Communicating with Virtual Team Members (7 min)

Communicating with Virtual Team Members

Working in a virtual team often means working with people in different geographic locations from you and maybe, different cultural contexts. You need to create relationships with virtual team members, but you don’t have the casual, in-person office interactions to help you do so. Here, we will look at some of the challenges of communicating with virtual team members and how to address them:

Working Across Time Zones

When colleagues are in different time zones, there are smaller windows of opportunity for connecting via a phone call or video conference. There is also likely to be a delay in communications via instant messaging or email, which might lead to frustration or block the flow of ideas in a conversation. Also, out of necessity, we may end up communicating when we are quite tired or in what would ordinarily be our leisure time, which can build up resentment.

It can be helpful to agree on a good time window that, isn’t too late or early for anyone, for everyone to meet regularly. You can also make sure to be clear about where your working hours overlap with your colleagues and when you are going to be unavailable for communication. This will set expectations and reduce frustrations. It can help to have a centralized tool for keeping track of everyone’s availability and for arranging important meetings at a time where everyone can be at their best.

Communicating Without Non-verbal Cues

Without the visual cues that help us to gauge the mood and meaning of the words another person is using, it is easy for messages to be misunderstood or misconstrued. The lack of this more natural kind of social interaction can also lead to feelings of isolation and loneliness, causing team members to become withdrawn and reducing feelings of camaraderie and closeness with others.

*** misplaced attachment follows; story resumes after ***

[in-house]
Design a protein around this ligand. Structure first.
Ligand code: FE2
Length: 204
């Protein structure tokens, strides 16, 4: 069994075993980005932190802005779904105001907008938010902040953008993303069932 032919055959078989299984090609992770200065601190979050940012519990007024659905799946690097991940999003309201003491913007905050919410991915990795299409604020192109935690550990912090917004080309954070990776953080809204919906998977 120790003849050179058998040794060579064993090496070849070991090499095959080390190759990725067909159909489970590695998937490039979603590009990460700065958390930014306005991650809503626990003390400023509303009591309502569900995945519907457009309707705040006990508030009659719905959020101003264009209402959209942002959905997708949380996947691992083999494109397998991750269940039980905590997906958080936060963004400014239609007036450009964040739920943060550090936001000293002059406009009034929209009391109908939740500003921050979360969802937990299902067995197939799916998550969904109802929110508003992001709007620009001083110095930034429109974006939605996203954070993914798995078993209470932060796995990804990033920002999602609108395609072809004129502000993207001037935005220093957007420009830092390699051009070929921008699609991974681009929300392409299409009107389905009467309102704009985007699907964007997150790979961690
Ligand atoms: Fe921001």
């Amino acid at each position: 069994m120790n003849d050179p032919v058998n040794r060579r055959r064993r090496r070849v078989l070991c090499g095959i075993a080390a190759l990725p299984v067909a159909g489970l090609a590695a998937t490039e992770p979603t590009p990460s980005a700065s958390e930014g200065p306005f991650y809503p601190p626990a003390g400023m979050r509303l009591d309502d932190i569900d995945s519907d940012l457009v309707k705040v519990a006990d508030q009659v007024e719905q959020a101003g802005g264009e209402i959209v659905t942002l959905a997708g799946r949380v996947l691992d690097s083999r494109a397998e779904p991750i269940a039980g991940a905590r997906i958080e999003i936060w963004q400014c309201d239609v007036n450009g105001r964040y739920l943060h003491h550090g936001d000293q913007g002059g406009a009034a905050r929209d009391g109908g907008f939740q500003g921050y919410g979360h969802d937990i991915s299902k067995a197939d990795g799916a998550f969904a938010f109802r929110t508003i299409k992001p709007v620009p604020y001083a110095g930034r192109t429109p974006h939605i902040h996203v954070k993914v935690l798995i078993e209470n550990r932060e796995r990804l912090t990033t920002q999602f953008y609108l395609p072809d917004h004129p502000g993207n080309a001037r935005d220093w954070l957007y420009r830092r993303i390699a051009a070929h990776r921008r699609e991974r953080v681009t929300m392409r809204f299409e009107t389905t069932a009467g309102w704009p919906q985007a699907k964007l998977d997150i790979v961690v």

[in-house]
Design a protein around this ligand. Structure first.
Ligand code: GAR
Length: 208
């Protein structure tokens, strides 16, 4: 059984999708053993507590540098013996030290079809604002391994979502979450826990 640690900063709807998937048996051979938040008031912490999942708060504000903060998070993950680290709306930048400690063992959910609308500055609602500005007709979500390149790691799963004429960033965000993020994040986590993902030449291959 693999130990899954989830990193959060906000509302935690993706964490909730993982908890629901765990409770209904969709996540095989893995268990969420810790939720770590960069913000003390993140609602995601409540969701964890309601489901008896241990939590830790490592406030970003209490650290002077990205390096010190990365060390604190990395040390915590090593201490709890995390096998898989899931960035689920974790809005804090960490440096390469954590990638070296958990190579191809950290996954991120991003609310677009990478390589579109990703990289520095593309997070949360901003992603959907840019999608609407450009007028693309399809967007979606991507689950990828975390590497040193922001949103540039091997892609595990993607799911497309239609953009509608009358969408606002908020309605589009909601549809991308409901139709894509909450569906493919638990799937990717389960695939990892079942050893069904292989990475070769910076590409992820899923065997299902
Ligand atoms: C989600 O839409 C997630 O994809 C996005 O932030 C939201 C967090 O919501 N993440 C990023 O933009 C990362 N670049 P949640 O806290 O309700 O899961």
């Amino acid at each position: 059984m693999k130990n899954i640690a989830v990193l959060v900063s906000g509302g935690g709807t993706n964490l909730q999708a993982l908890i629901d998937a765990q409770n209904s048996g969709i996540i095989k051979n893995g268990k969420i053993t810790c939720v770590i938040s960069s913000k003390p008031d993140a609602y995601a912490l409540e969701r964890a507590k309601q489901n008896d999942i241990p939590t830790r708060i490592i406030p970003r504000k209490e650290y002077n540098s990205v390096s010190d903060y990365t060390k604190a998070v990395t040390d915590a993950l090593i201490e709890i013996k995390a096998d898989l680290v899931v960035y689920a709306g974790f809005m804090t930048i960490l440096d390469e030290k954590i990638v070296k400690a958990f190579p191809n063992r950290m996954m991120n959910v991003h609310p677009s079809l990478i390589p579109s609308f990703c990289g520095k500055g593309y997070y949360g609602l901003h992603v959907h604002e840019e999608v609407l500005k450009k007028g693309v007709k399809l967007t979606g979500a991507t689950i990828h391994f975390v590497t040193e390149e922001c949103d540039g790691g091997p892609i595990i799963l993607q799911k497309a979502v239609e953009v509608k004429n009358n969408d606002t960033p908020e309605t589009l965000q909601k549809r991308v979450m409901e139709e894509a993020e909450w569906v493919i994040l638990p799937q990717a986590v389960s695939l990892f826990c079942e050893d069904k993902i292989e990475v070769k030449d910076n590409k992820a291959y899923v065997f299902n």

To counter this, take a little time at the beginning and end of your video conferencing calls for everyone to make sure they have their camera switched on if possible, and check in together about your day, home lives and how your energy is. Take a minute or two to really listen to and watch each person and connect with the human being behind the emails.

Building Trust

Virtual working can unfortunately lead to a lack of trust within a team if communication is neglected. Members of the team are unable to see where the other is and what they are doing, communication experiences a lag due to time zones and there may be a lack of familiarity and intimacy.

Setting clear expectations and consistently meeting them can help to build trust with your colleagues. Make sure that you take on only what you know you can deliver and that you consistently deliver quality work on time.

Building Relationships

Virtual team workers miss out on casual water-cooler chats and after-work drinks with colleagues. Often, communication can end up being limited to task-related queries and instructions, which means that working friendships are absent or underdeveloped. This can cause a decline in motivation and reduce collaboration within the team.
Take some time each day to check in with colleagues via some informal messaging means, asking about their holiday or sharing a movie recommendation. These are the little interactions that can build a friendship or friendly working relationship that are often missed out on when working in a virtual team. One simple yet effective way to create human connections is simply to check-in at each meeting by sharing one personal and one professional best moment.

Check out this video (4 min) about an experiment between students at a management school showing some of the challenges they encountered working on a problem together virtually and the little tweaks that made a big difference to their experience.